Gulf states, such as Saudi Arabia, Qatar and the United Arab Emirates, took advantage of the uprisings to engage in unprecedented types of interventions across the region. Regimes within the Saudi sphere of influence, such as the monarchies of Jordan, Morocco and the Gulf Cooperation Council, received significant aid to buffer them against popular challengers. Gulf regimes poured resources into the challengers to other regimes outside that regional order, such as Libya’s and Syria’s, intensifying their political and then military struggles. Anti-Islamist forces in transitional countries such as Egypt and Tunisia received support from Saudi Arabia and the UAE, while Islamists received support from Qatar and Turkey. Syria became the central site of a regional proxy war including not only the Arab powers but also Iran and Turkey.
Those proxy wars and interventions have manifestly changed the dynamics of regional international relations, mostly in destructive and counterproductive ways.
Regimes and Political Systems
Of all the Arab states, which experienced mass protests in the first few months of 2011, only Tunisia has even partially succeeded at consolidating a democratic transition. Egypt is the model case for failure. The hopes of Tahrir Square and the June 2012 presidential election ended with the military coup of July 3, 2013. Managed transitions in Libya and Yemen collapsed, protests in Jordan and Morocco faded, and Bahrain’s uprising was crushed by force. But that does not mean that any of these regimes have simply continued business as usual. The authoritarian regimes which currently hold power are for the most part less inclusive and more repressive.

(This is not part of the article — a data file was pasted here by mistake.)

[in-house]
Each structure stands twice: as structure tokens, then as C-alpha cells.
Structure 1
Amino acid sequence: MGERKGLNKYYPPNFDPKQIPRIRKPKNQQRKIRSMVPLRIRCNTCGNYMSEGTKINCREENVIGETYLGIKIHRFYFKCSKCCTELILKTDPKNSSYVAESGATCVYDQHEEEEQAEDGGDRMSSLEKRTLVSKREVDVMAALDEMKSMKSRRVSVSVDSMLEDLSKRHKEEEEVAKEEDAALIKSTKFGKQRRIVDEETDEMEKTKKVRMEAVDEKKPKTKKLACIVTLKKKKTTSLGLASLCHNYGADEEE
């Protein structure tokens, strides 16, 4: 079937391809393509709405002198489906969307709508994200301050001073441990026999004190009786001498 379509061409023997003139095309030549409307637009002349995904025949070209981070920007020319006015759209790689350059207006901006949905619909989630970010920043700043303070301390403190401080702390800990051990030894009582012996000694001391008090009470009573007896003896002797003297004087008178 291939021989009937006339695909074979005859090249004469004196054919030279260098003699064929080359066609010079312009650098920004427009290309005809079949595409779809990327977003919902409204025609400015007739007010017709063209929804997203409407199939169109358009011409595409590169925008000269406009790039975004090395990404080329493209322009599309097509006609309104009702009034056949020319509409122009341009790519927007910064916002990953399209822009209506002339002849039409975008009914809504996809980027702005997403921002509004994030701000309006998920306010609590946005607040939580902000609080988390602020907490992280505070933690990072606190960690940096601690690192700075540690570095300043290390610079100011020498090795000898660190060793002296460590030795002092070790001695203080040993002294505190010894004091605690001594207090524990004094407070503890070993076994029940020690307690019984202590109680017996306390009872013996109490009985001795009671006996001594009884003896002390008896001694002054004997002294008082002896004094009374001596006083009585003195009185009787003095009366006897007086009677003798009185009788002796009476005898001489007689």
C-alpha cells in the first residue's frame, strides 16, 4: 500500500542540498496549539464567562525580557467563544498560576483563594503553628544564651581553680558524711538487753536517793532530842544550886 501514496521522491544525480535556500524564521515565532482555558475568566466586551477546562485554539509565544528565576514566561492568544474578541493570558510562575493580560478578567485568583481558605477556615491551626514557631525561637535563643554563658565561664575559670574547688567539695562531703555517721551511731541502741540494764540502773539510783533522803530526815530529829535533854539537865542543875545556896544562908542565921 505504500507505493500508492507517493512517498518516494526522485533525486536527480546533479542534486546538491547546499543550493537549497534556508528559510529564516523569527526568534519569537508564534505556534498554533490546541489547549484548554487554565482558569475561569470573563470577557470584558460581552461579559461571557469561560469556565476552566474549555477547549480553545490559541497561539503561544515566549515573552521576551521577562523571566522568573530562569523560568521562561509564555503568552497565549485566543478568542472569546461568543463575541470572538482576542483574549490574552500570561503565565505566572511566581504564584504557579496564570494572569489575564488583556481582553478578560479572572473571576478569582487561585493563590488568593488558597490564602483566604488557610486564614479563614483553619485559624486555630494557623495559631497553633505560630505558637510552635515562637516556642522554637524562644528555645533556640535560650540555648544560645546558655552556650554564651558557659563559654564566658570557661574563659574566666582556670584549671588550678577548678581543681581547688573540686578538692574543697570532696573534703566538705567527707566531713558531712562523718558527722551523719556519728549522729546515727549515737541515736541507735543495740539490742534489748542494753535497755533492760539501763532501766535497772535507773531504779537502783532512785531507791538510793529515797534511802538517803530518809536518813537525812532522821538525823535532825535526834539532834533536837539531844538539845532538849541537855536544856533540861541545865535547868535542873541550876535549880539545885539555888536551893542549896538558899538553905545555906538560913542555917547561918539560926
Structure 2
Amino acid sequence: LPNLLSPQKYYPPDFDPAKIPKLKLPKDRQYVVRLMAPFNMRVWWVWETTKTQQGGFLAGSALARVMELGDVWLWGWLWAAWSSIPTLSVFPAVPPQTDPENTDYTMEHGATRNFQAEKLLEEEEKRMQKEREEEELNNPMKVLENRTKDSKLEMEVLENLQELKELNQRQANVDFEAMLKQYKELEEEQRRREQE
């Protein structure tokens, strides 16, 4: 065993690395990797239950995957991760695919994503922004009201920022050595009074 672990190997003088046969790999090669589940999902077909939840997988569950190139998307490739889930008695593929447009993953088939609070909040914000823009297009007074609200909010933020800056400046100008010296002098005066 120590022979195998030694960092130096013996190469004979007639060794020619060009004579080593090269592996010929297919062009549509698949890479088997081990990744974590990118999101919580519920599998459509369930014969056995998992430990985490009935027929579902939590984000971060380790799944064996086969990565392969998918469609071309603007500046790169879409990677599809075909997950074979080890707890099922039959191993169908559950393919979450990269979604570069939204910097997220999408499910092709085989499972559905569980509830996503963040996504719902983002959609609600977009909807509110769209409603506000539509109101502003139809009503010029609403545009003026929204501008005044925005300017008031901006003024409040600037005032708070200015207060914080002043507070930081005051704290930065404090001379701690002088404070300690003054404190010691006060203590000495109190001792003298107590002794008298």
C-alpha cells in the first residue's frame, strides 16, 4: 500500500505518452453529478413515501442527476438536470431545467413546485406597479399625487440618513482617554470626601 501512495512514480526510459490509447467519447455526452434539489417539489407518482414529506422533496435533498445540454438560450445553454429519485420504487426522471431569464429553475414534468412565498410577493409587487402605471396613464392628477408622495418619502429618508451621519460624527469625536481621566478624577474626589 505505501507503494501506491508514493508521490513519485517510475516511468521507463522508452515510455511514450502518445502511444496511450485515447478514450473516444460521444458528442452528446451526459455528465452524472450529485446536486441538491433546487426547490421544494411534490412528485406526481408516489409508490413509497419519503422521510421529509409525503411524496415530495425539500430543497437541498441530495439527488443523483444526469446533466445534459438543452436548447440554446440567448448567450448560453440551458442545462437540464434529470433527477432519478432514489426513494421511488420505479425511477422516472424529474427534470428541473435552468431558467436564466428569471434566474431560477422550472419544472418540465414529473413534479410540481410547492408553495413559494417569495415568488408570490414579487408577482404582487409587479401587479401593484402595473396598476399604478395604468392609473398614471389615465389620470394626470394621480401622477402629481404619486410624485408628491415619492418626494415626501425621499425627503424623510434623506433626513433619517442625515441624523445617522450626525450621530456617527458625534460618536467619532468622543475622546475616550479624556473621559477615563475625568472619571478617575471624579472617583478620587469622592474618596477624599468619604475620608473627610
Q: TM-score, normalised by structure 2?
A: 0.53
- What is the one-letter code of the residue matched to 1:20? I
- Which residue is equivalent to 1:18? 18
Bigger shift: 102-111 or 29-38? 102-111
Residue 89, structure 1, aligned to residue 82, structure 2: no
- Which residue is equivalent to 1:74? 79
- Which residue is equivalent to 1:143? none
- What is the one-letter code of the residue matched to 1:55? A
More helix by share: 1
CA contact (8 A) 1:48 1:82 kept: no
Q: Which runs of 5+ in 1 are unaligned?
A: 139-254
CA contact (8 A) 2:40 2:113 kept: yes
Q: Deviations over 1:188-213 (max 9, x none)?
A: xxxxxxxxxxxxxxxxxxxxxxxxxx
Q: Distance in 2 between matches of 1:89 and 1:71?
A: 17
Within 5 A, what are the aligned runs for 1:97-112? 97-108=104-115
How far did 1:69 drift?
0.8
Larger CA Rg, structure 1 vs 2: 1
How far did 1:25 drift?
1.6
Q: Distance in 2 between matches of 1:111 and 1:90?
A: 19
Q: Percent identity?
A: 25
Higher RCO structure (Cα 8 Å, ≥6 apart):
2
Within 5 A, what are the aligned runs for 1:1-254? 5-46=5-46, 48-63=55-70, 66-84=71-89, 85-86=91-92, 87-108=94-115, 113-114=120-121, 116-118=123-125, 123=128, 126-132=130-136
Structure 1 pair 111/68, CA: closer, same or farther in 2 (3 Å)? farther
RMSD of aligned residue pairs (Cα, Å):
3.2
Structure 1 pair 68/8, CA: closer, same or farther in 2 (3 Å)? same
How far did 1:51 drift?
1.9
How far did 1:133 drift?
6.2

Tunisia remains the sole partial success story of the uprising. By avoiding Egypt’s fatal mistakes, Tunisians managed to find political compromise, as Monica Marks details, drafting a new constitution, and rotating power peacefully through elections. The success of the Tunisian transition remains very partial, of course. Repeated terrorist strikes have damaged an already weak economy and frustration with the political leadership is mounting. Still, for all the frustration and the return of old regime politicians to power, as Laryssa Chomiak observes, it would be wrong to say that nothing has changed. There is a richly diverse new set of political practices, which continue to evolve new opportunities, and the principle of meaningful elections has taken hold. Institutions ranging from the labor unions (Ian Hartshorn) to the military (Sharan Grewal) have been deeply changed by the new political environment.